One of these men will take over from longtime Chief Gene Schilling in the fall after having a chance to spend the summer working with the current leadership.
The public will have its first opportunity to connect with them in person in an open house from 6 to 7:30 p.m. March 12 at The Launchpad (76 S. Fourth St.).
As Chief Investigator for the 9th Judicial District Attorney’s Office, Damuth has had the opportunity to work with Carbondale PD and has always been impressed.
He’s also involved in the new anti-trafficking group and is a longtime supporter of Advocate Safehouse.
“I think being familiar with the area and what the town is like and what it expects is my best advantage,” he noted.
“I think local politics has a much greater influence on people’s daily lives, and I like how involved the citizens are,” he added. “It seems like there’s a lot of support for the police department as it is. I don’t think it needs any drastic changes.”
“I’m looking forward to meeting everybody who can make it out.”
Although much of his experience came in Littleton — he responded to Columbine with a daughter inside — and he now runs the Red Rocks Community College PD, Dugan is familiar with the Roaring Fork Valley. He’s particularly fond of Glenwood, while Aspen is a bit too rich for his blood.
“I have a lot of diverse job experience,” he noted. “There’s not much that I haven’t seen in law enforcement, and there’s not much that gets me too shook up.”
He likes the idea of settling in someplace quiet and cultivating a great force.
“They say the two most important decisions a chief makes is who they hire and who they promote,” he said. “We are the community. We are part of the community. It’s never us against them.”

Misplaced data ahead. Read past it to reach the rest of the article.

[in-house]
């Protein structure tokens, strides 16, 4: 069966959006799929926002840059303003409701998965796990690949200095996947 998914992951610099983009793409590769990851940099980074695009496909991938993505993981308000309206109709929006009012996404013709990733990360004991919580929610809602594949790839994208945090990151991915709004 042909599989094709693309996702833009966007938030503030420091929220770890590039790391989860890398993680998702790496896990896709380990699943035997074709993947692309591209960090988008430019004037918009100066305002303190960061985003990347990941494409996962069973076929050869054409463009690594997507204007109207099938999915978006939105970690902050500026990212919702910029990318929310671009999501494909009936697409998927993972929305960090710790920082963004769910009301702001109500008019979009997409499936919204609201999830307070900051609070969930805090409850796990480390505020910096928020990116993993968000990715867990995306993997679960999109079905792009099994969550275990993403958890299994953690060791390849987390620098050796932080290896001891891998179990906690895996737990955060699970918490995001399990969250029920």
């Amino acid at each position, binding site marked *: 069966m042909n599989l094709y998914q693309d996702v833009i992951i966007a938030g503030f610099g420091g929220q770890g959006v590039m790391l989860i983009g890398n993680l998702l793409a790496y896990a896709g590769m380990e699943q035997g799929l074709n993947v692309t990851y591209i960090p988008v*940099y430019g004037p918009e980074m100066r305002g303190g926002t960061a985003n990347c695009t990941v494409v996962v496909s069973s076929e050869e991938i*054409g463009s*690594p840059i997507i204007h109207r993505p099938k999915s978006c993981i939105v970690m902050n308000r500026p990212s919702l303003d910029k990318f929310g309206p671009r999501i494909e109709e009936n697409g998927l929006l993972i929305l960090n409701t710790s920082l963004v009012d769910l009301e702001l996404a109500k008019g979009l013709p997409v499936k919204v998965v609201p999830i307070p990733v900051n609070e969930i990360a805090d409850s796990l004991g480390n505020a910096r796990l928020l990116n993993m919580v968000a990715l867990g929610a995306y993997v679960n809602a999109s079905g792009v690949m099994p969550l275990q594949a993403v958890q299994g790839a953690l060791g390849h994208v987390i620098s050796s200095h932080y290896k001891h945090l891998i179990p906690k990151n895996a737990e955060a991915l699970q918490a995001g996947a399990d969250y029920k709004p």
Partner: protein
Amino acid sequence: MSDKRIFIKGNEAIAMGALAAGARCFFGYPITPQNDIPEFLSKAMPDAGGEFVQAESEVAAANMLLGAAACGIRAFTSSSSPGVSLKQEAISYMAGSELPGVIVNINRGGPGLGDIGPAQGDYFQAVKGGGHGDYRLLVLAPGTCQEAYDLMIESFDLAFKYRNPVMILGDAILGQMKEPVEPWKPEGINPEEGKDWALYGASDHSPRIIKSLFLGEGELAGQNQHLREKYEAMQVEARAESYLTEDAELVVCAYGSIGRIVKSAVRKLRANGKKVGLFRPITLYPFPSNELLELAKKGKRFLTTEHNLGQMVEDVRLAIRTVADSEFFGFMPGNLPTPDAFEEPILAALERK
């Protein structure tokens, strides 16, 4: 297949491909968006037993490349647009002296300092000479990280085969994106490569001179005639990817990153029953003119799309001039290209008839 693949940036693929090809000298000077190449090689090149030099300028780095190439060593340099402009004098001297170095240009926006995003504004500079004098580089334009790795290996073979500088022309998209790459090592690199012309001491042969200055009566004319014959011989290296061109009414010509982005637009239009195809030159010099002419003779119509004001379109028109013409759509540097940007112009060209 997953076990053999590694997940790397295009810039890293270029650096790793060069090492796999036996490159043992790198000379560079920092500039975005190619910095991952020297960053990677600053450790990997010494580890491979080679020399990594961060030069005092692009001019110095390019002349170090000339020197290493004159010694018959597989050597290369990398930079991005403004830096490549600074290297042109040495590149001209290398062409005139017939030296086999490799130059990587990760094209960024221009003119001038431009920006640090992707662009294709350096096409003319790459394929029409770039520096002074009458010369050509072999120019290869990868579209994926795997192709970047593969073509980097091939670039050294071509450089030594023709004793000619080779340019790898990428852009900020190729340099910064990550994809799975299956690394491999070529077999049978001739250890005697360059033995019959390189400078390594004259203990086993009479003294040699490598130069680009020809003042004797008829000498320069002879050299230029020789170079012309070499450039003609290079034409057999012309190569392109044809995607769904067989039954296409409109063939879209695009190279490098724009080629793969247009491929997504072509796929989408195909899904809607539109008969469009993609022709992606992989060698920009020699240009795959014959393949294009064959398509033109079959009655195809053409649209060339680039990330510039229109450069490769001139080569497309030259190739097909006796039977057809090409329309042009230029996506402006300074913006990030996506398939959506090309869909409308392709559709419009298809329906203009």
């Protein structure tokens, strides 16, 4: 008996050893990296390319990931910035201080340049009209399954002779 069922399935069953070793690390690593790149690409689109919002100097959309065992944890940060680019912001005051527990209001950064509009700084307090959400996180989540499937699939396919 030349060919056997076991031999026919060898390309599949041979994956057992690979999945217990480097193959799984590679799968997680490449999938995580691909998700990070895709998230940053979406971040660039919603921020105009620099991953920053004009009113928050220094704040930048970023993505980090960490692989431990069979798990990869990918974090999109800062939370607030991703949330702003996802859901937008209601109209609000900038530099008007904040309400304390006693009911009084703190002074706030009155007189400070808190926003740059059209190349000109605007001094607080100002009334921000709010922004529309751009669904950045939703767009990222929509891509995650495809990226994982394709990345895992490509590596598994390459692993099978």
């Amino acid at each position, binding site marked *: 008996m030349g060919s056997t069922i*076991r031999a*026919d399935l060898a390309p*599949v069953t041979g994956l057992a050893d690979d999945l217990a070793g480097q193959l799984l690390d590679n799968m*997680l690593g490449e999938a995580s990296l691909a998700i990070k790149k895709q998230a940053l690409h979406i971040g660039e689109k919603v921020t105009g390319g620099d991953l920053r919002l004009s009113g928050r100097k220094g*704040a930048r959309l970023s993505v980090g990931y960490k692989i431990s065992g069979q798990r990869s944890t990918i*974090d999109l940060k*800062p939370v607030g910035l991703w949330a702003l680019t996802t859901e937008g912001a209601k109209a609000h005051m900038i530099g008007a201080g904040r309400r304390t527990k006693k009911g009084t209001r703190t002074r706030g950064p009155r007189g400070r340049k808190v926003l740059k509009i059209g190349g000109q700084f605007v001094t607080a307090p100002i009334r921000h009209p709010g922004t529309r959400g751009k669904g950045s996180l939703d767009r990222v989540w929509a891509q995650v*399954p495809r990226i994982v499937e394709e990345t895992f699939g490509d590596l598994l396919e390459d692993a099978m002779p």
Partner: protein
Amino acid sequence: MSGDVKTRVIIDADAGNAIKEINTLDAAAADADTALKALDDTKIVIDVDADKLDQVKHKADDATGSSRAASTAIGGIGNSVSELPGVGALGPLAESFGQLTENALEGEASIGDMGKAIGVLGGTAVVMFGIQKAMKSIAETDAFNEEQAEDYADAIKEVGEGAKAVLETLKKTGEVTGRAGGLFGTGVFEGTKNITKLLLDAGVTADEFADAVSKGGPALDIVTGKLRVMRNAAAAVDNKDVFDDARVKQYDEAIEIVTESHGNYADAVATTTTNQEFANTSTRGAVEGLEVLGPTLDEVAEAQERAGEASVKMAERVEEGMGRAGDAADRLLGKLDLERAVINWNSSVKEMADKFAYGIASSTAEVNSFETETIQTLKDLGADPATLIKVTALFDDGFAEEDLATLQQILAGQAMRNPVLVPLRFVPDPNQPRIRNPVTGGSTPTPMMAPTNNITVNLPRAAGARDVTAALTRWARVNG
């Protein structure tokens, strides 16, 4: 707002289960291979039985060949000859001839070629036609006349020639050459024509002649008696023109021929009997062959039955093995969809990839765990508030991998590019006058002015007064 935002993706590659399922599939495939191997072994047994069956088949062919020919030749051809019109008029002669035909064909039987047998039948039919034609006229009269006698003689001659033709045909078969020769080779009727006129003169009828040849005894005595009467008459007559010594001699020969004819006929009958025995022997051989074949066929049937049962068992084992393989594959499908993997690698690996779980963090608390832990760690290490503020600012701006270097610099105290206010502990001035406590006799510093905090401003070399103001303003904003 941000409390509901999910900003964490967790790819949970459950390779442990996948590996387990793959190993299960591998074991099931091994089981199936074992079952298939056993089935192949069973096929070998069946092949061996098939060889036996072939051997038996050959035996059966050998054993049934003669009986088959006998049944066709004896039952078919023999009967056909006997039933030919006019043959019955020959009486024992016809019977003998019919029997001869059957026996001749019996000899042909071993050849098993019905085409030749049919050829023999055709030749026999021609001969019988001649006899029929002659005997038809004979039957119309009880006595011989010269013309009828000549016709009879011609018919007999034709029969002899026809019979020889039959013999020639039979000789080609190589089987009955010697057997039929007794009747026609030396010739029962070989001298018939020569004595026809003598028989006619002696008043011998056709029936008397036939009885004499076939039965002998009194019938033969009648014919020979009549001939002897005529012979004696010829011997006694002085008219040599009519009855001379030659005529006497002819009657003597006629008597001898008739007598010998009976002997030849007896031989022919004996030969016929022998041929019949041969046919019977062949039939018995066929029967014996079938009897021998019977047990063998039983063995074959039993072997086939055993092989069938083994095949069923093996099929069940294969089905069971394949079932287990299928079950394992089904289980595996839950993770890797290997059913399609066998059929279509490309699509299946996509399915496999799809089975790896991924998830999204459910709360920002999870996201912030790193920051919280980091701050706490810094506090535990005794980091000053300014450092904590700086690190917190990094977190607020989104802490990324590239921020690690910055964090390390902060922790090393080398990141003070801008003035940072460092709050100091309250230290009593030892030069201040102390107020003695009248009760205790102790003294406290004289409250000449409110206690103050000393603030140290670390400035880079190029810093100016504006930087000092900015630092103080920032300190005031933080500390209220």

The current Deputy Chief of Champaign, IL has family ties in the area and has long hoped to relocate West. He’s certain he can make the transition comfortably.
“I’ve just been waiting for the spot to open so I can apply and be considered,” he said.
Shaffer has 30 years of experience in law enforcement and worked as a paramedic before that.
“Your safety is my responsibility, and I would take that very seriously,” he said. “I’ve worked for a larger agency and a smaller agency, and there are pros and cons to both. This position opens up the door for more interactions with the community. I want to be the visibible face of the department and for people to feel that they can pick up the phone and call me.”
When someone stopped through Rifle to recruit applicants for the job, Sergeant Wilson’s chief pointed him out. He just graduated with a masters in public administration and is always looking to take on a bit more responsibility — as illustrated by his support of the 4H program “My PI,” which teaches high schoolers about emergency response in an effort to build community resilience.
“I am a relationship builder by nature. “I kind of feel like I can fit in pretty much anywhere and build trust and rapport pretty quickly,” he said. “The Police Department is the most visible face of the Town. My goal is to show that the badge is very human. You have some fantastic officers there that truly have a vested interest in the community.”